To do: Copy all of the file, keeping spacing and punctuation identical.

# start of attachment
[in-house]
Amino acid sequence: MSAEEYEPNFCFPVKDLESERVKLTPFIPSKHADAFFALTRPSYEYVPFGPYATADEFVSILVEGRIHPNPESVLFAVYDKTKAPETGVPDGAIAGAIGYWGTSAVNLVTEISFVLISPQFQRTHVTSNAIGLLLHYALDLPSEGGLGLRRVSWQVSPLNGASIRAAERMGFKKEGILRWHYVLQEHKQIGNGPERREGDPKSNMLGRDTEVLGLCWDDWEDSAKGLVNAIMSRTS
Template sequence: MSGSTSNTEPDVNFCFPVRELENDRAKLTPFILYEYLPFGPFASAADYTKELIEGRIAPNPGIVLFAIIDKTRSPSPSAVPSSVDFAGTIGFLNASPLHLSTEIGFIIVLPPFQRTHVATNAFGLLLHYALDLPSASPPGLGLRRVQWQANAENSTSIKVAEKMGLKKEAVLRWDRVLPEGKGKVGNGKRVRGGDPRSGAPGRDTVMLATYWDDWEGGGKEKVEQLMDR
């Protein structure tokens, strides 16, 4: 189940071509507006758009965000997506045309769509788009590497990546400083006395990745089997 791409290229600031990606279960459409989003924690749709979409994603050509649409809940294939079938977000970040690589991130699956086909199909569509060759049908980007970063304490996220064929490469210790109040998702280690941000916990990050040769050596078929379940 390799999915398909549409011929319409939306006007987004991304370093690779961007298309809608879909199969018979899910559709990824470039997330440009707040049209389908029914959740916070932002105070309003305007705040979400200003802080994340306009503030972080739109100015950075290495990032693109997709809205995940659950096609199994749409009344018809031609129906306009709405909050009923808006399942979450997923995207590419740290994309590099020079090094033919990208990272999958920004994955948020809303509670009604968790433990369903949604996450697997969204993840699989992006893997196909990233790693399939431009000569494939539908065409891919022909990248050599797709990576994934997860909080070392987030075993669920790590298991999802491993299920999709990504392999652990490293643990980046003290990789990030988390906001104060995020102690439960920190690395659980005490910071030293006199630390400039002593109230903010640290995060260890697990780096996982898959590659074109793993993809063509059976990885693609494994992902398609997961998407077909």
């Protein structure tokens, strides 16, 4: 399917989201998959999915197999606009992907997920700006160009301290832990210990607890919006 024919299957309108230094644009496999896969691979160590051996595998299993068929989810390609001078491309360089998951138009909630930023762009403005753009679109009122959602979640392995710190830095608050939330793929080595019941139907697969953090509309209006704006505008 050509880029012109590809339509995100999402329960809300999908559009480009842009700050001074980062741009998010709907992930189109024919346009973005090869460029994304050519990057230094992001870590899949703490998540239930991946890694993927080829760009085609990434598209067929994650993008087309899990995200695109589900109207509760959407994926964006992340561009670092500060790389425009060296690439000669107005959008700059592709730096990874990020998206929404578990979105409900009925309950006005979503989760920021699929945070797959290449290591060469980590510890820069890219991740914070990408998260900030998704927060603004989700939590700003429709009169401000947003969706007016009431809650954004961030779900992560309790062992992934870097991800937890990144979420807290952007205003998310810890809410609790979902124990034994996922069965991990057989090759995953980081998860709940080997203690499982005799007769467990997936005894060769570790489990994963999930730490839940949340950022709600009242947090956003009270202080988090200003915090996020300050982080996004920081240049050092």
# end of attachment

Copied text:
[in-house]
Amino acid sequence: MSAEEYEPNFCFPVKDLESERVKLTPFIPSKHADAFFALTRPSYEYVPFGPYATADEFVSILVEGRIHPNPESVLFAVYDKTKAPETGVPDGAIAGAIGYWGTSAVNLVTEISFVLISPQFQRTHVTSNAIGLLLHYALDLPSEGGLGLRRVSWQVSPLNGASIRAAERMGFKKEGILRWHYVLQEHKQIGNGPERREGDPKSNMLGRDTEVLGLCWDDWEDSAKGLVNAIMSRTS
Template sequence: MSGSTSNTEPDVNFCFPVRELENDRAKLTPFILYEYLPFGPFASAADYTKELIEGRIAPNPGIVLFAIIDKTRSPSPSAVPSSVDFAGTIGFLNASPLHLSTEIGFIIVLPPFQRTHVATNAFGLLLHYALDLPSASPPGLGLRRVQWQANAENSTSIKVAEKMGLKKEAVLRWDRVLPEGKGKVGNGKRVRGGDPRSGAPGRDTVMLATYWDDWEGGGKEKVEQLMDR
């Protein structure tokens, strides 16, 4: 189940071509507006758009965000997506045309769509788009590497990546400083006395990745089997 791409290229600031990606279960459409989003924690749709979409994603050509649409809940294939079938977000970040690589991130699956086909199909569509060759049908980007970063304490996220064929490469210790109040998702280690941000916990990050040769050596078929379940 390799999915398909549409011929319409939306006007987004991304370093690779961007298309809608879909199969018979899910559709990824470039997330440009707040049209389908029914959740916070932002105070309003305007705040979400200003802080994340306009503030972080739109100015950075290495990032693109997709809205995940659950096609199994749409009344018809031609129906306009709405909050009923808006399942979450997923995207590419740290994309590099020079090094033919990208990272999958920004994955948020809303509670009604968790433990369903949604996450697997969204993840699989992006893997196909990233790693399939431009000569494939539908065409891919022909990248050599797709990576994934997860909080070392987030075993669920790590298991999802491993299920999709990504392999652990490293643990980046003290990789990030988390906001104060995020102690439960920190690395659980005490910071030293006199630390400039002593109230903010640290995060260890697990780096996982898959590659074109793993993809063509059976990885693609494994992902398609997961998407077909």
């Protein structure tokens, strides 16, 4: 399917989201998959999915197999606009992907997920700006160009301290832990210990607890919006 024919299957309108230094644009496999896969691979160590051996595998299993068929989810390609001078491309360089998951138009909630930023762009403005753009679109009122959602979640392995710190830095608050939330793929080595019941139907697969953090509309209006704006505008 050509880029012109590809339509995100999402329960809300999908559009480009842009700050001074980062741009998010709907992930189109024919346009973005090869460029994304050519990057230094992001870590899949703490998540239930991946890694993927080829760009085609990434598209067929994650993008087309899990995200695109589900109207509760959407994926964006992340561009670092500060790389425009060296690439000669107005959008700059592709730096990874990020998206929404578990979105409900009925309950006005979503989760920021699929945070797959290449290591060469980590510890820069890219991740914070990408998260900030998704927060603004989700939590700003429709009169401000947003969706007016009431809650954004961030779900992560309790062992992934870097991800937890990144979420807290952007205003998310810890809410609790979902124990034994996922069965991990057989090759995953980081998860709940080997203690499982005799007769467990997936005894060769570790489990994963999930730490839940949340950022709600009242947090956003009270202080988090200003915090996020300050982080996004920081240049050092």